The continued resilience of fashion rentals
Last week, rental brands proved resilient despite rising inflation and costs. Richemont finally removed the costly burden of Yoox Net-a-Porter, paving the way for Farfetch’s continued dominance. Also, while Victoria’s Secret tried to turn bad press into good press, Coty did well in the second half of the year.
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Renting is surprisingly fun.
Buried in Urban Outfitters’ earnings this week is the fact that profits are still declining, even as the company is making more money than ever before. A bright spot for the company Nuuly, breaking 100,000 subscribers this quarter.
In fact, Nuuly is doing really well with Urban, with sales up nearly $19 million in the quarter and over $30 million in the last six months.
It may seem counterintuitive that a segment like rentals would thrive at a time when discretionary spending is declining and supply chain costs are rising. It is common to rent when you go out a lot or when you have an event. It’s also the segment where he’s one of the biggest expenses for round-trip transportation of clothes.
But other rental services are also doing well. In June, Rent the Runway beat all guidance, with earnings up 100% year-over-year. Part of this success is due to a subscription model overhaul last year that nearly doubled our profit margins.
Richemont x Farfetch x YNAP
Richemont finally unloaded Yoox Net-a-Porter this week in a complex joint venture with Farfetch. Richemont is happy to write off her YNAP and its losses, but Farfetch is the true winner of the deal.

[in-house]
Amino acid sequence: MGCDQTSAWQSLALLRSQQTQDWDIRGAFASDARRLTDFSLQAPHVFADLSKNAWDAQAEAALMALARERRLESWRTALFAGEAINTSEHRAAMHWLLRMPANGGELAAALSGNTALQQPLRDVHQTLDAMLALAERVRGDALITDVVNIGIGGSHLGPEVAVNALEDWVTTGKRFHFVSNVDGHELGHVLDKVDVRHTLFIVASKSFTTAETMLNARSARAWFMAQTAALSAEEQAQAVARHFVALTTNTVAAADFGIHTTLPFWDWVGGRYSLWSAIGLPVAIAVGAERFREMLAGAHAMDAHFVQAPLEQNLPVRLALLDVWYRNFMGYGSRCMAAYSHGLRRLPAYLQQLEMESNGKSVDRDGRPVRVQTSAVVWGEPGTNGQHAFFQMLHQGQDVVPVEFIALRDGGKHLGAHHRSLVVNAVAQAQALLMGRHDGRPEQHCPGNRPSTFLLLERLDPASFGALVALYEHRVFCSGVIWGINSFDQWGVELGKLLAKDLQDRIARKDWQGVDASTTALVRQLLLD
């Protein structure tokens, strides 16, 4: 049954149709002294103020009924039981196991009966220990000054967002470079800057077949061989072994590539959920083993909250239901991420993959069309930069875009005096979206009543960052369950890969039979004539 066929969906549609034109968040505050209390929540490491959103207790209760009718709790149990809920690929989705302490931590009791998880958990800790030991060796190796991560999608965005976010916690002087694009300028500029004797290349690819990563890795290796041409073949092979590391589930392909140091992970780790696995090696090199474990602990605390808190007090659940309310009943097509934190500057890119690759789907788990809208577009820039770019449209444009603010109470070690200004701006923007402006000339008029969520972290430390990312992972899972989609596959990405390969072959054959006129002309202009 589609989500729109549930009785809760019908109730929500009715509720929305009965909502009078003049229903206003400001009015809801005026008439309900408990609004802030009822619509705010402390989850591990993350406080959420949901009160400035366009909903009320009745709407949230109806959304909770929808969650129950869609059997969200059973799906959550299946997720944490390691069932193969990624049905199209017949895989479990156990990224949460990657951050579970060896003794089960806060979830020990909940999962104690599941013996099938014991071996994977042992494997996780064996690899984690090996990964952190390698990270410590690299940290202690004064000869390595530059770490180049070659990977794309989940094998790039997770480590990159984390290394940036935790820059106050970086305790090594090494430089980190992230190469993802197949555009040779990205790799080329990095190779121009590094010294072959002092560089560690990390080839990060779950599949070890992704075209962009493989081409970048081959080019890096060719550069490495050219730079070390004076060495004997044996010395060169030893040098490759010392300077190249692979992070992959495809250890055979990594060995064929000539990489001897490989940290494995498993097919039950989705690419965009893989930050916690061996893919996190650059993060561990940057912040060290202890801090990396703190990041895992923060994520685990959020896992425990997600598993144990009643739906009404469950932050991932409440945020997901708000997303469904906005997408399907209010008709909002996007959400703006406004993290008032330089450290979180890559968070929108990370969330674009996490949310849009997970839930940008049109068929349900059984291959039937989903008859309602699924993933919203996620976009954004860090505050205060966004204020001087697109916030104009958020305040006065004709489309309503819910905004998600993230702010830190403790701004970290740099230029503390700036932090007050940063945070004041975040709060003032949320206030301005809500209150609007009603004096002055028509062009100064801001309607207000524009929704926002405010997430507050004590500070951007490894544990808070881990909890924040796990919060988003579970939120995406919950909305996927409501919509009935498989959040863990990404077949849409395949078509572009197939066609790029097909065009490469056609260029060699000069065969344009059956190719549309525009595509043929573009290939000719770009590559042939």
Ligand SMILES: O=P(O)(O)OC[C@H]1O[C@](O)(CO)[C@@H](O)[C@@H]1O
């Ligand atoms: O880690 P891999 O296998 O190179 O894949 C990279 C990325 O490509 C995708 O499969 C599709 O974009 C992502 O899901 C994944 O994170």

As part of the deal, all Richemont brands will use Farfetch technology to power their e-commerce. Farfetch has already done the same with other prominent luxury brands such as Chanel and Brunello Cucinelli. As a partial owner of YNAP now (and potentially a full owner in the future), Farfetch has absorbed one of its main rivals and added more profitable e-commerce transactions to its portfolio. Added.
Victoria’s Secret takes criticism positively
Victoria’s Secret hasn’t received the most positive press in recent months. A viral TikTok for singer Jax, dubbed “Victoria’s Secret,” along with Hulu’s documentary on the brand, which delves into the negative impact the brand has on women’s body image and the relationship between its owners, Rex Wexner and Jeffrey Epstein. Song denounces brand influence. about young women.
But according to Martin Waters, CEO of Victoria’s Secret, the brand is taking notice.
“It keeps us in mind all the time. It’s good,” Waters said at a press conference Thursday.
Victoria’s Secret openly reacted to Jax’s song on Instagram, agreeing with what the song was about and trying to absorb criticism rather than deflect it. consistent with the overall rebranding efforts of
But its reaction to the documentary was different.
“It was actually a very low viewership. [and] The series is even less complete,” Waters said. “And the relatively few people who actually made it to the end of the series had a stronger perception that the brand was coming out rather than coming in.”
Coty soars thanks to travel retail
Lipstick effects have never been more literal. Faced with high inflation and rising costs, Coty’s earnings rose 10% last quarter, beating analyst estimates and positioning the beauty company for strong, steady growth in the rest of the year. I was.
Coty’s biggest rivals Estée Lauder and L’Oreal also had strong quarters.
Coty CEO Sue Nabi attributes the company’s growth to strong sales in e-commerce and travel retail.
“I really hope that everyone will recognize that the last eight quarters of results met or exceeded expectations as a major achievement,” Nabi said on Thursday’s earnings call.